Grief-stricken mothers convinced the victim was their missing daughter, angry siblings shouting their sister had been betrayed and then beheaded, friends of women in a loveless and violent marriage convinced the victim had been murdered by their husband.
It was a time where everyone scrambled to solve the case, as Andrew Young highlights “Theories were sprouting everywhere, rumors seemed inexhaustible. Every half hour the head was reported to be found.”
The breakthrough in the case surprisingly came from a local and well-respected shoe dealer. Following his curiosity he visited the body in the morgue to examine the evidence for himself. A practice that today is quite absurd but in 1896 no one questioned why a shoe maker should not be permitted to examine the body and her bloodstained, torn clothing. It was this permission and this curiosity which provided the answers in this case.
“The general rule, however, was that abortions were nationally illegal and so this drove the practice underground making them expensive and exceptionally more dangerous.” – Andrew Young
L.D. Poock determined her shoes were of a rare make and through dogged determination this shoe maker slowly tracked down the make of these shoes, the company that made them, the shops that stocked them and eventually the record of their sale, thereby finally providing the name of their headless corpse, Pearl Bryan.
A discovery that ensured the case broke open and the truth began to emerge. 22-year-old Pearl Bryan had been four to five months pregnant, a country girl from Greencastle, Indiana who had traveled to the city for an illegal abortion. Scott Jackson it transpired was introduced to Pearl by her cousin Will Woods, whose testimony provided the last link the detectives needed to capture Scott Jackson and set the wheels of justice in motion.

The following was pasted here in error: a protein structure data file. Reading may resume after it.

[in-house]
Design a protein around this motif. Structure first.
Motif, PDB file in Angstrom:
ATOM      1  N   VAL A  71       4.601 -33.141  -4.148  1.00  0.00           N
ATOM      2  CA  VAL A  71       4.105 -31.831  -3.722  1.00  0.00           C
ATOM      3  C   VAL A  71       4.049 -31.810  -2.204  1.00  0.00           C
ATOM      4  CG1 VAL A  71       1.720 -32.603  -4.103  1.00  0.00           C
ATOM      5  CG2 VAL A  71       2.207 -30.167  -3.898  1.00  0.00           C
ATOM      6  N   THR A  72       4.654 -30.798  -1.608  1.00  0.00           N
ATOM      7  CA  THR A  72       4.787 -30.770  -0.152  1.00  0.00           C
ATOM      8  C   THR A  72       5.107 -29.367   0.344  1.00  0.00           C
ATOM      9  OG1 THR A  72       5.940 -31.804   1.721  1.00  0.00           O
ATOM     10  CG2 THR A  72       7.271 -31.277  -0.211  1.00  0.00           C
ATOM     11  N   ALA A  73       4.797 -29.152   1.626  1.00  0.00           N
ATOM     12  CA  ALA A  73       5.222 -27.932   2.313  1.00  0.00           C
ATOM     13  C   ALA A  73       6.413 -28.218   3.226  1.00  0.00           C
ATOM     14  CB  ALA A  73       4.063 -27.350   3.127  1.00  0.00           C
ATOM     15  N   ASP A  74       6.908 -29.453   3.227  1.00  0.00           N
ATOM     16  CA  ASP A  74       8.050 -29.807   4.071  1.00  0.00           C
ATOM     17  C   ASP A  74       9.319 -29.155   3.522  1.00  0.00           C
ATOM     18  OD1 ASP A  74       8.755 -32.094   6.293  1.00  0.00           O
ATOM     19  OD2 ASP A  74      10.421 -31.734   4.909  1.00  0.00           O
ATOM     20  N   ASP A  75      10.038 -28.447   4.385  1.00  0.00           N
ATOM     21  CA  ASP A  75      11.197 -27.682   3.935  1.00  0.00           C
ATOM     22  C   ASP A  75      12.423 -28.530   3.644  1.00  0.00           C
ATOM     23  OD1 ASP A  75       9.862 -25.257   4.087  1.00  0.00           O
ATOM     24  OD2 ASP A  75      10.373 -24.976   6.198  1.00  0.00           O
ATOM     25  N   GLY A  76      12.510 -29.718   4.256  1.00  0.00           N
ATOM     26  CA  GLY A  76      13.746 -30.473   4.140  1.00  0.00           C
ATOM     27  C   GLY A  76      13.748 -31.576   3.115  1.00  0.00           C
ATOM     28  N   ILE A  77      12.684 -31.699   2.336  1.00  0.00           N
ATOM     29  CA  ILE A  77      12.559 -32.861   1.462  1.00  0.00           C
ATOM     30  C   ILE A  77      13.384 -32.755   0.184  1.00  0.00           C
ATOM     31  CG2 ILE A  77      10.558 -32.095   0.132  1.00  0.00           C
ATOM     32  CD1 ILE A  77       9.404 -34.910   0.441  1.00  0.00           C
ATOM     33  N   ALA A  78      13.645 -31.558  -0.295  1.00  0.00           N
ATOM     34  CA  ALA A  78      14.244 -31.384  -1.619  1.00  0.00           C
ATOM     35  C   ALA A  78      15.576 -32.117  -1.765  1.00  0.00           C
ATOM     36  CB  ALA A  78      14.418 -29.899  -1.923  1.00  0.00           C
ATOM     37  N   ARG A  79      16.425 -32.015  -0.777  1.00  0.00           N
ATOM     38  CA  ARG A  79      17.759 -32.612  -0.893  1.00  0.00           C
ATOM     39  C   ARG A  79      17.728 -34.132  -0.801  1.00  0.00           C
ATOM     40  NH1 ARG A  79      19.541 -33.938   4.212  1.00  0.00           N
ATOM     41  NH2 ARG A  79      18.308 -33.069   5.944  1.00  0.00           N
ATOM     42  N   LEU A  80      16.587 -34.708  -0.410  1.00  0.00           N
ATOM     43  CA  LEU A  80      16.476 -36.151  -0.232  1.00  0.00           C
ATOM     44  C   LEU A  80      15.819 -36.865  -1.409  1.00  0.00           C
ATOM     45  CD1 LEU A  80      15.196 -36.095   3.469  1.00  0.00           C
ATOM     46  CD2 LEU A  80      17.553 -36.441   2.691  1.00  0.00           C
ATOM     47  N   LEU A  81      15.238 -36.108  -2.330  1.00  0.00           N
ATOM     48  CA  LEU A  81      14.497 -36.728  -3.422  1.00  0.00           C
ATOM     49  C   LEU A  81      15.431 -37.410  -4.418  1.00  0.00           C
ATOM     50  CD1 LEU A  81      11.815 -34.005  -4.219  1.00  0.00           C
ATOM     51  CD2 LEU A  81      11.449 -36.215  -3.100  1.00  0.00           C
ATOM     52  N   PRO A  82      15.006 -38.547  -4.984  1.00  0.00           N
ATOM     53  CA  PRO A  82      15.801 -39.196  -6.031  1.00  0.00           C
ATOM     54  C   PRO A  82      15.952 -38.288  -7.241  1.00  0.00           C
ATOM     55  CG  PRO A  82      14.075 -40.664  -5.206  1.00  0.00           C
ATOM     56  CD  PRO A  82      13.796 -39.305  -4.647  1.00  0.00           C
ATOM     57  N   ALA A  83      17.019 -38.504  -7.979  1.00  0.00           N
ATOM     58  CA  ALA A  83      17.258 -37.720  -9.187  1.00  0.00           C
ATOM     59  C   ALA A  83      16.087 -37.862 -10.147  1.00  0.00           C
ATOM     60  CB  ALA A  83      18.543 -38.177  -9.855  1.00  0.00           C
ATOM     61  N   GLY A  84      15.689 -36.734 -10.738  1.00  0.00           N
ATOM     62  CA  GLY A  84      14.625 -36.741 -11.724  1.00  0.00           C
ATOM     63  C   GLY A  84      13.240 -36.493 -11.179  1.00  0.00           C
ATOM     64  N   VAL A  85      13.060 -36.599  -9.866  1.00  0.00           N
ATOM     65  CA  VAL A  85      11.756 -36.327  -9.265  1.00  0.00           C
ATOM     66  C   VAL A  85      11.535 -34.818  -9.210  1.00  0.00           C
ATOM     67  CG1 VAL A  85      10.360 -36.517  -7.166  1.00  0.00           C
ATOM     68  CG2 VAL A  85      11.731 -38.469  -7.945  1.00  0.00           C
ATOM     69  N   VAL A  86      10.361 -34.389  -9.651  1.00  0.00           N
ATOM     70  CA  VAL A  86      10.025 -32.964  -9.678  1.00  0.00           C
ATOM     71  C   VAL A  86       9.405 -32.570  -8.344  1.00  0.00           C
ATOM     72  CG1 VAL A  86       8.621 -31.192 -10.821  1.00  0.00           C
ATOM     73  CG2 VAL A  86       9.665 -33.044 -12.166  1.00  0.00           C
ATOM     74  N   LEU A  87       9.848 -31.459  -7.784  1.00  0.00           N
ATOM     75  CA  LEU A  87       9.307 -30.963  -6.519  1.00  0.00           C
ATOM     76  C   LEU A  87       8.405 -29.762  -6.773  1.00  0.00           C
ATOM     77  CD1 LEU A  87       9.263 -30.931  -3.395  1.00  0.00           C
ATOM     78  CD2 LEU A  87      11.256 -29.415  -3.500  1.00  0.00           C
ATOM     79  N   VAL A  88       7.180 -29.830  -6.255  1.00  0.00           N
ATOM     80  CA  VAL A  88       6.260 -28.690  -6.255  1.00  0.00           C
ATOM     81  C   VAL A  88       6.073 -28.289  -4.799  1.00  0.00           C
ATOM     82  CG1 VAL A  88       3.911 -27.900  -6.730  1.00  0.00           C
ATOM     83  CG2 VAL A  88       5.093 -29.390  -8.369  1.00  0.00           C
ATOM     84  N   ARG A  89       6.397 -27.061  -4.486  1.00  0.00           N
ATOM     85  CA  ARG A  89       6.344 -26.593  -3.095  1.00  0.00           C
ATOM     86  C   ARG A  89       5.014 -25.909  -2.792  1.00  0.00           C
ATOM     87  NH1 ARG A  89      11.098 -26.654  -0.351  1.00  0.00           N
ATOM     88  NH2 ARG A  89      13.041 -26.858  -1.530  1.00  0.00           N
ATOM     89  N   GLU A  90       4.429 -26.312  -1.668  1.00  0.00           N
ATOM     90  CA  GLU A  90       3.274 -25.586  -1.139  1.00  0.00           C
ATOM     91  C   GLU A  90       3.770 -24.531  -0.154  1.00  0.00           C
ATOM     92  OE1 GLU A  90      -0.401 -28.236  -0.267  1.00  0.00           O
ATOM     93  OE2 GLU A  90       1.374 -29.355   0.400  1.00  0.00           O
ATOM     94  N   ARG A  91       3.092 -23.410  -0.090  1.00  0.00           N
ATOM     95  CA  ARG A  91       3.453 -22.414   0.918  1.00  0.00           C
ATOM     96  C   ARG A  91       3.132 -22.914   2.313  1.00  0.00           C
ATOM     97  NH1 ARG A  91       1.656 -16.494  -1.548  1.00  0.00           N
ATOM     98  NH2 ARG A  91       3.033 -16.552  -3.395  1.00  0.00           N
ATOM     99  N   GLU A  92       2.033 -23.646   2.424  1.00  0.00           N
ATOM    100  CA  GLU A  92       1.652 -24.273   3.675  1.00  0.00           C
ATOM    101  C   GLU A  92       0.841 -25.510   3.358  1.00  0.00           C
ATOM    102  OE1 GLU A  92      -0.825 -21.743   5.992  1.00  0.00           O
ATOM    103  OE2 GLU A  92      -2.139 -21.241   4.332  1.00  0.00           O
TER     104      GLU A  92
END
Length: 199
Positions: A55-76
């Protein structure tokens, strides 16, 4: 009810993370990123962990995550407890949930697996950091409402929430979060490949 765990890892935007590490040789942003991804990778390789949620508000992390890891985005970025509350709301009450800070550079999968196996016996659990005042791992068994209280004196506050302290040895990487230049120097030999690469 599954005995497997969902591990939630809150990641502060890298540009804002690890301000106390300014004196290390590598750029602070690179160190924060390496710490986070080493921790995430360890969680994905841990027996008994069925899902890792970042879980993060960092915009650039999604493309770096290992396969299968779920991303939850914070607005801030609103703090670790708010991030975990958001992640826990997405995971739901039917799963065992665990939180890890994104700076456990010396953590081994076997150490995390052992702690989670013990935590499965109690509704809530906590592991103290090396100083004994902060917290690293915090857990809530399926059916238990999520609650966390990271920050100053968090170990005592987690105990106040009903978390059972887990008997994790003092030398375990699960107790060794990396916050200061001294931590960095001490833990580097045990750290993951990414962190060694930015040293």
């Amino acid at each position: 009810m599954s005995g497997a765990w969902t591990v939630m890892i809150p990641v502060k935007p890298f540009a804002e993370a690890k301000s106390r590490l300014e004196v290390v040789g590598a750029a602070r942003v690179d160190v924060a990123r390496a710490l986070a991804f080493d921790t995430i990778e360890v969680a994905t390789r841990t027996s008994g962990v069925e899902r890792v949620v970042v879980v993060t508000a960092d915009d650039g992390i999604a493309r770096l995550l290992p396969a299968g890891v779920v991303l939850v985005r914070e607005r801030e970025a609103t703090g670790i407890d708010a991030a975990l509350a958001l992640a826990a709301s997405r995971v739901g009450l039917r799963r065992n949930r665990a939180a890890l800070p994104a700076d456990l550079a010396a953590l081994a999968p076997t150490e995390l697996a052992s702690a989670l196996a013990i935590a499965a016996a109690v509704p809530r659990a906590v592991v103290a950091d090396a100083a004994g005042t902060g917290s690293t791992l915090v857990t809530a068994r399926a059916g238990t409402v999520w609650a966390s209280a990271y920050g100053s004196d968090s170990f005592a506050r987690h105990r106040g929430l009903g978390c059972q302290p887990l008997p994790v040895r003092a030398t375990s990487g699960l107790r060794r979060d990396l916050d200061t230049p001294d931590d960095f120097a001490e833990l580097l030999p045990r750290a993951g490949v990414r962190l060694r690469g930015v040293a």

28-year-old Scott Jackson, the believed father of Pearl’s unborn child was brought in along with 21-year-old Alonzo Walling, implicated as an accomplice by Jackson after his arrest. Jackson and Walling accused each other of the brutal murder, never individually admitting their guilt. The questions surrounding this case continued to circulate. As one writer asked “Was it cruel fate which led pure, beautiful, innocent and attractive Pearl Bryan into the toils of such a fiend in human shape?”
Within Unwanted: A Murder Mystery of the Gilded Age, Andrew Young includes history, facts and detail at almost every point of the story. While much of this history is useful, serving to highlight the times and give you as a reader a much better grasp on the era, it can at times seem a little irrelevant and distracting from the criminal case unfolding. Although in the latter half of the book this happens less and focus is more firmly fixed on the investigation of this crime and how breakthroughs were made and those responsible were found.
This is a very successful narrative of a murder mystery from the late 19th century and provides an excellent read for those curious about murders of the past and the criminal investigations, practices and procedures that followed.
You can purchase a copy of Unwanted: A Murder Mystery of the Gilded Age by Andrew Young at Pen & Sword Books.
Unsolved Murders in Victorian & Edwardian London Case histories are recounted in precise detail as is the inadequacy of the detection employed and the corrupt and brutal side of life in the Victorian city.
John George Haigh: The Acid Bath Murderer What motivated John Haigh to murder at least six people, then dissolve their corpses in acid? Jonathan Oates reinvestigates this sensational case. [Read Review]